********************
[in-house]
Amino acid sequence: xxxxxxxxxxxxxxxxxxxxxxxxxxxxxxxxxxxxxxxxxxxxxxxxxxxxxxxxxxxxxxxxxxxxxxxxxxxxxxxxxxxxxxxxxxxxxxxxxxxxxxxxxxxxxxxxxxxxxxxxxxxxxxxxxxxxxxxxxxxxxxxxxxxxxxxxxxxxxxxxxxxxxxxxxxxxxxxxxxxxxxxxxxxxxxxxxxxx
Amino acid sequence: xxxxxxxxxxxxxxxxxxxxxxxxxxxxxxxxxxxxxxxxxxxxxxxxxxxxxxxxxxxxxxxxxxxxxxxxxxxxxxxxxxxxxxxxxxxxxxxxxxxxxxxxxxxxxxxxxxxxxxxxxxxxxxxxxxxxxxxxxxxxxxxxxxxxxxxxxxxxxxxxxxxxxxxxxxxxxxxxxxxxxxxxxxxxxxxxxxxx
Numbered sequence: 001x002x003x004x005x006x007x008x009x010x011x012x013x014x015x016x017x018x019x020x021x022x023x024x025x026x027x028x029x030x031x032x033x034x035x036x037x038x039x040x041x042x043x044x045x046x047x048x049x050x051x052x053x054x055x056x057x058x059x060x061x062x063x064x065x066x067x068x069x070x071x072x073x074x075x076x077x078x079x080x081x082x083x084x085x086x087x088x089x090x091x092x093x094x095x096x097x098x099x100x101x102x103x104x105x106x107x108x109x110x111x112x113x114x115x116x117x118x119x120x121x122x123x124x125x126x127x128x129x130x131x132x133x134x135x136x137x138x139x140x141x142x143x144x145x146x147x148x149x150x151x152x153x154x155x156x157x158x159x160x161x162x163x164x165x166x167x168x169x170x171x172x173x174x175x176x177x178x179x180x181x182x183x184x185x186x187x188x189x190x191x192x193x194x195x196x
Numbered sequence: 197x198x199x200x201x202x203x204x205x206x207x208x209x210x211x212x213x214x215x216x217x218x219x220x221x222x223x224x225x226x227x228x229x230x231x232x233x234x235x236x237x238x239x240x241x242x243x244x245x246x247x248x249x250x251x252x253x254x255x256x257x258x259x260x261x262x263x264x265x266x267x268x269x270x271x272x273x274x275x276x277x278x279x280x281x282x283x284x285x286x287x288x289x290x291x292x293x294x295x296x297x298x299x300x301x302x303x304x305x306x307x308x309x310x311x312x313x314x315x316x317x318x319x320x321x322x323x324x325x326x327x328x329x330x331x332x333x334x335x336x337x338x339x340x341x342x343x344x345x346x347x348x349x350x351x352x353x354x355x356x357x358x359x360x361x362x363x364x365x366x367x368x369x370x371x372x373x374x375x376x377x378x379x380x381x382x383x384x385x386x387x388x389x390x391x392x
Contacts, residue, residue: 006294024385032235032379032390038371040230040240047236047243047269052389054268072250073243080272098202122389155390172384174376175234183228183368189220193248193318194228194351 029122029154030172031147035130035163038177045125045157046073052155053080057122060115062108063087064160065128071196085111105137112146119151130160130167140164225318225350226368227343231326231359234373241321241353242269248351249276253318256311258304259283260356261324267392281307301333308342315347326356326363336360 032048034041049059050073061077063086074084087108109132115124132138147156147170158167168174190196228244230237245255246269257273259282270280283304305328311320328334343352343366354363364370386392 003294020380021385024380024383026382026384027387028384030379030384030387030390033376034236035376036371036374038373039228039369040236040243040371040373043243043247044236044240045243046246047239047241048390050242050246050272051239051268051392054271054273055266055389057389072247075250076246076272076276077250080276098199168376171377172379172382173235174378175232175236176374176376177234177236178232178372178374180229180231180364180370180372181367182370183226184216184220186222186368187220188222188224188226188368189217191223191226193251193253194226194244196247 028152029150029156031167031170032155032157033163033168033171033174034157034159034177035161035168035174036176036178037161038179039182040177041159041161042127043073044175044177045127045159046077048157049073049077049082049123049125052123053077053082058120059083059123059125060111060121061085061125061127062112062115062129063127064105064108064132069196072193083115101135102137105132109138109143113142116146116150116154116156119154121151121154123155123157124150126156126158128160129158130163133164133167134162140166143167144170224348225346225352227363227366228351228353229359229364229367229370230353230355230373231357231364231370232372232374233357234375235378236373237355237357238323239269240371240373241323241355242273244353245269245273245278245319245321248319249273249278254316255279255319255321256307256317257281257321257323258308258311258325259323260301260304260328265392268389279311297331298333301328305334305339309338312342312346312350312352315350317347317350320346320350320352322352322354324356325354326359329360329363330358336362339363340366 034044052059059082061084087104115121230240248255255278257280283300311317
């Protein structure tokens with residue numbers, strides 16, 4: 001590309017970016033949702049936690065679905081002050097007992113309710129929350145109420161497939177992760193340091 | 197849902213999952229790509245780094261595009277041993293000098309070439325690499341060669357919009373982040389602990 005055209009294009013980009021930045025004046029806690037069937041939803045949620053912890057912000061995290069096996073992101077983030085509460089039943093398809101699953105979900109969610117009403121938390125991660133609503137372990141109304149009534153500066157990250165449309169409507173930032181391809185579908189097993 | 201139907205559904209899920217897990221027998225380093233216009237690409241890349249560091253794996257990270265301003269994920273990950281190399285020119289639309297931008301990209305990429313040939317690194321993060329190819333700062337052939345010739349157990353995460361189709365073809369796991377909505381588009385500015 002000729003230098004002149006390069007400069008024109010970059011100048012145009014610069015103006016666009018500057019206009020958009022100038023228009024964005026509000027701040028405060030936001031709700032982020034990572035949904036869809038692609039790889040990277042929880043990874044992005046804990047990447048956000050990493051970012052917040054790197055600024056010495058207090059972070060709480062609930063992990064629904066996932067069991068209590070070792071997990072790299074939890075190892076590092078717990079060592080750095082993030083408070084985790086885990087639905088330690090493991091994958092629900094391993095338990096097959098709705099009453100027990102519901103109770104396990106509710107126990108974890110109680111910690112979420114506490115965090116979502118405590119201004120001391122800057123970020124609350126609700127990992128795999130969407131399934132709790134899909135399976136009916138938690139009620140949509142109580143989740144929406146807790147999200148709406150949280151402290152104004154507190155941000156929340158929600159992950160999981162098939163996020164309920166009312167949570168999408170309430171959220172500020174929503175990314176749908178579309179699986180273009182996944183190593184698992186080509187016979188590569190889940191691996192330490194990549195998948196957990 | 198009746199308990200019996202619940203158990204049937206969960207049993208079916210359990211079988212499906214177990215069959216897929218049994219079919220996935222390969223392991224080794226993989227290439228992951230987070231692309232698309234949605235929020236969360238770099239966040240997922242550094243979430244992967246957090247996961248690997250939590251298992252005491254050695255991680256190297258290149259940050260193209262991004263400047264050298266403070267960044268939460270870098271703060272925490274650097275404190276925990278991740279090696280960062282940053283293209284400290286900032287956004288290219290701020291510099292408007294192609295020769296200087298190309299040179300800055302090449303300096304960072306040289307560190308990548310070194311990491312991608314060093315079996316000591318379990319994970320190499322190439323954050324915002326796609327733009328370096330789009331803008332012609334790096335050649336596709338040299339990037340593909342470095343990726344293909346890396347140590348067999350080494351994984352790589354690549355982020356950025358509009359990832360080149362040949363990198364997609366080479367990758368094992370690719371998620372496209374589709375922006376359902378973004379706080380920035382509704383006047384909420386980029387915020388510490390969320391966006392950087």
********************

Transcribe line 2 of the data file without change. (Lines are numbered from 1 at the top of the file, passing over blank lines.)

Amino acid sequence: xxxxxxxxxxxxxxxxxxxxxxxxxxxxxxxxxxxxxxxxxxxxxxxxxxxxxxxxxxxxxxxxxxxxxxxxxxxxxxxxxxxxxxxxxxxxxxxxxxxxxxxxxxxxxxxxxxxxxxxxxxxxxxxxxxxxxxxxxxxxxxxxxxxxxxxxxxxxxxxxxxxxxxxxxxxxxxxxxxxxxxxxxxxxxxxxxxxx